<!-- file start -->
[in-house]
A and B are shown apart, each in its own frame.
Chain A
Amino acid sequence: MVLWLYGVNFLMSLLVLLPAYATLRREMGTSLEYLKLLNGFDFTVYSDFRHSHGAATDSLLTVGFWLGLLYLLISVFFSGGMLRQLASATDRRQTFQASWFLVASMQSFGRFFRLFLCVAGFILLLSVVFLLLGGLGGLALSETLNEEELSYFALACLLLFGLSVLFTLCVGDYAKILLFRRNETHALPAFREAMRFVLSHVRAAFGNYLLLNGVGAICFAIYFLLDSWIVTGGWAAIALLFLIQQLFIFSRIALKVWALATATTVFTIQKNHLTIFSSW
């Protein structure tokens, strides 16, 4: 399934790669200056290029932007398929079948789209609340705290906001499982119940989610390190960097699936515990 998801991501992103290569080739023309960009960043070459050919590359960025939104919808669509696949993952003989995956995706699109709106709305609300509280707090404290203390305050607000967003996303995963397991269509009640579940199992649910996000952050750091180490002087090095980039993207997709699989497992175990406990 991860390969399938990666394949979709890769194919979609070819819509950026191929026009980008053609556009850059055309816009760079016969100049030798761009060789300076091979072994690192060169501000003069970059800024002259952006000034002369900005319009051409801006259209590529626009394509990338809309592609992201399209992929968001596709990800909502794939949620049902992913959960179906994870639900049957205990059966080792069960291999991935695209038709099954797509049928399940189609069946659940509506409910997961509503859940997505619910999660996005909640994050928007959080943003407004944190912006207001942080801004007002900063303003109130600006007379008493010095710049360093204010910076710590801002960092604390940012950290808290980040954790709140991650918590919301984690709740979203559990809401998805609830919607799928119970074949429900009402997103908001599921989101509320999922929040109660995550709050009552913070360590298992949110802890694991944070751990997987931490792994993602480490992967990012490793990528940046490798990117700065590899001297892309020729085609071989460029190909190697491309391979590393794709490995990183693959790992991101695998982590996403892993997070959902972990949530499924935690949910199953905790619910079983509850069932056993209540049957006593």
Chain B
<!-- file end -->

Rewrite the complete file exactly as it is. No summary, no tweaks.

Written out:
[in-house]
A and B are shown apart, each in its own frame.
Chain A
Amino acid sequence: MVLWLYGVNFLMSLLVLLPAYATLRREMGTSLEYLKLLNGFDFTVYSDFRHSHGAATDSLLTVGFWLGLLYLLISVFFSGGMLRQLASATDRRQTFQASWFLVASMQSFGRFFRLFLCVAGFILLLSVVFLLLGGLGGLALSETLNEEELSYFALACLLLFGLSVLFTLCVGDYAKILLFRRNETHALPAFREAMRFVLSHVRAAFGNYLLLNGVGAICFAIYFLLDSWIVTGGWAAIALLFLIQQLFIFSRIALKVWALATATTVFTIQKNHLTIFSSW
């Protein structure tokens, strides 16, 4: 399934790669200056290029932007398929079948789209609340705290906001499982119940989610390190960097699936515990 998801991501992103290569080739023309960009960043070459050919590359960025939104919808669509696949993952003989995956995706699109709106709305609300509280707090404290203390305050607000967003996303995963397991269509009640579940199992649910996000952050750091180490002087090095980039993207997709699989497992175990406990 991860390969399938990666394949979709890769194919979609070819819509950026191929026009980008053609556009850059055309816009760079016969100049030798761009060789300076091979072994690192060169501000003069970059800024002259952006000034002369900005319009051409801006259209590529626009394509990338809309592609992201399209992929968001596709990800909502794939949620049902992913959960179906994870639900049957205990059966080792069960291999991935695209038709099954797509049928399940189609069946659940509506409910997961509503859940997505619910999660996005909640994050928007959080943003407004944190912006207001942080801004007002900063303003109130600006007379008493010095710049360093204010910076710590801002960092604390940012950290808290980040954790709140991650918590919301984690709740979203559990809401998805609830919607799928119970074949429900009402997103908001599921989101509320999922929040109660995550709050009552913070360590298992949110802890694991944070751990997987931490792994993602480490992967990012490793990528940046490798990117700065590899001297892309020729085609071989460029190909190697491309391979590393794709490995990183693959790992991101695998982590996403892993997070959902972990949530499924935690949910199953905790619910079983509850069932056993209540049957006593």
Chain B